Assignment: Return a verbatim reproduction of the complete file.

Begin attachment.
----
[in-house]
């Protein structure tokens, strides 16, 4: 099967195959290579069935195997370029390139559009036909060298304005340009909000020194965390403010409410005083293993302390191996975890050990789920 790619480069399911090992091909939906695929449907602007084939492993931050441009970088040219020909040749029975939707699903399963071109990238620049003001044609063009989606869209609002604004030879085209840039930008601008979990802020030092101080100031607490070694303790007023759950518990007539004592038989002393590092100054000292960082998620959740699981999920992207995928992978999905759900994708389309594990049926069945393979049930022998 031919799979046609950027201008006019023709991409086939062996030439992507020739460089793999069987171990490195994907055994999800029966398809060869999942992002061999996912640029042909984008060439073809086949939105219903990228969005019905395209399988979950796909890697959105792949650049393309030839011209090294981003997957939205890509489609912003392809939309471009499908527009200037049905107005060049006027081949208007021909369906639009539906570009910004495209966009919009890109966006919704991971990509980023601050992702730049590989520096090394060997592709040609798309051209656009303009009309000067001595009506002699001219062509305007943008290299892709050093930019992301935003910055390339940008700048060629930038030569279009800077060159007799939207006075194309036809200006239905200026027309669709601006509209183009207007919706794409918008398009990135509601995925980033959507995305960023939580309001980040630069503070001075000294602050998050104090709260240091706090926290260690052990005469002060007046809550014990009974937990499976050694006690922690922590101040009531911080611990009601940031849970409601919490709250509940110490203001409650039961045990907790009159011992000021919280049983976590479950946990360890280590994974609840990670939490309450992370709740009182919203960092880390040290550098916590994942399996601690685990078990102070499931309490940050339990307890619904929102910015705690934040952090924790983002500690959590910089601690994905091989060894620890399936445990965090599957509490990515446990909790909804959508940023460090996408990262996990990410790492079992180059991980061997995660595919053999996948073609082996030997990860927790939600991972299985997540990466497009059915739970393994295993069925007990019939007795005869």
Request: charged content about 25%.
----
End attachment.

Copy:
[in-house]
């Protein structure tokens, strides 16, 4: 099967195959290579069935195997370029390139559009036909060298304005340009909000020194965390403010409410005083293993302390191996975890050990789920 790619480069399911090992091909939906695929449907602007084939492993931050441009970088040219020909040749029975939707699903399963071109990238620049003001044609063009989606869209609002604004030879085209840039930008601008979990802020030092101080100031607490070694303790007023759950518990007539004592038989002393590092100054000292960082998620959740699981999920992207995928992978999905759900994708389309594990049926069945393979049930022998 031919799979046609950027201008006019023709991409086939062996030439992507020739460089793999069987171990490195994907055994999800029966398809060869999942992002061999996912640029042909984008060439073809086949939105219903990228969005019905395209399988979950796909890697959105792949650049393309030839011209090294981003997957939205890509489609912003392809939309471009499908527009200037049905107005060049006027081949208007021909369906639009539906570009910004495209966009919009890109966006919704991971990509980023601050992702730049590989520096090394060997592709040609798309051209656009303009009309000067001595009506002699001219062509305007943008290299892709050093930019992301935003910055390339940008700048060629930038030569279009800077060159007799939207006075194309036809200006239905200026027309669709601006509209183009207007919706794409918008398009990135509601995925980033959507995305960023939580309001980040630069503070001075000294602050998050104090709260240091706090926290260690052990005469002060007046809550014990009974937990499976050694006690922690922590101040009531911080611990009601940031849970409601919490709250509940110490203001409650039961045990907790009159011992000021919280049983976590479950946990360890280590994974609840990670939490309450992370709740009182919203960092880390040290550098916590994942399996601690685990078990102070499931309490940050339990307890619904929102910015705690934040952090924790983002500690959590910089601690994905091989060894620890399936445990965090599957509490990515446990909790909804959508940023460090996408990262996990990410790492079992180059991980061997995660595919053999996948073609082996030997990860927790939600991972299985997540990466497009059915739970393994295993069925007990019939007795005869």
Request: charged content about 25%.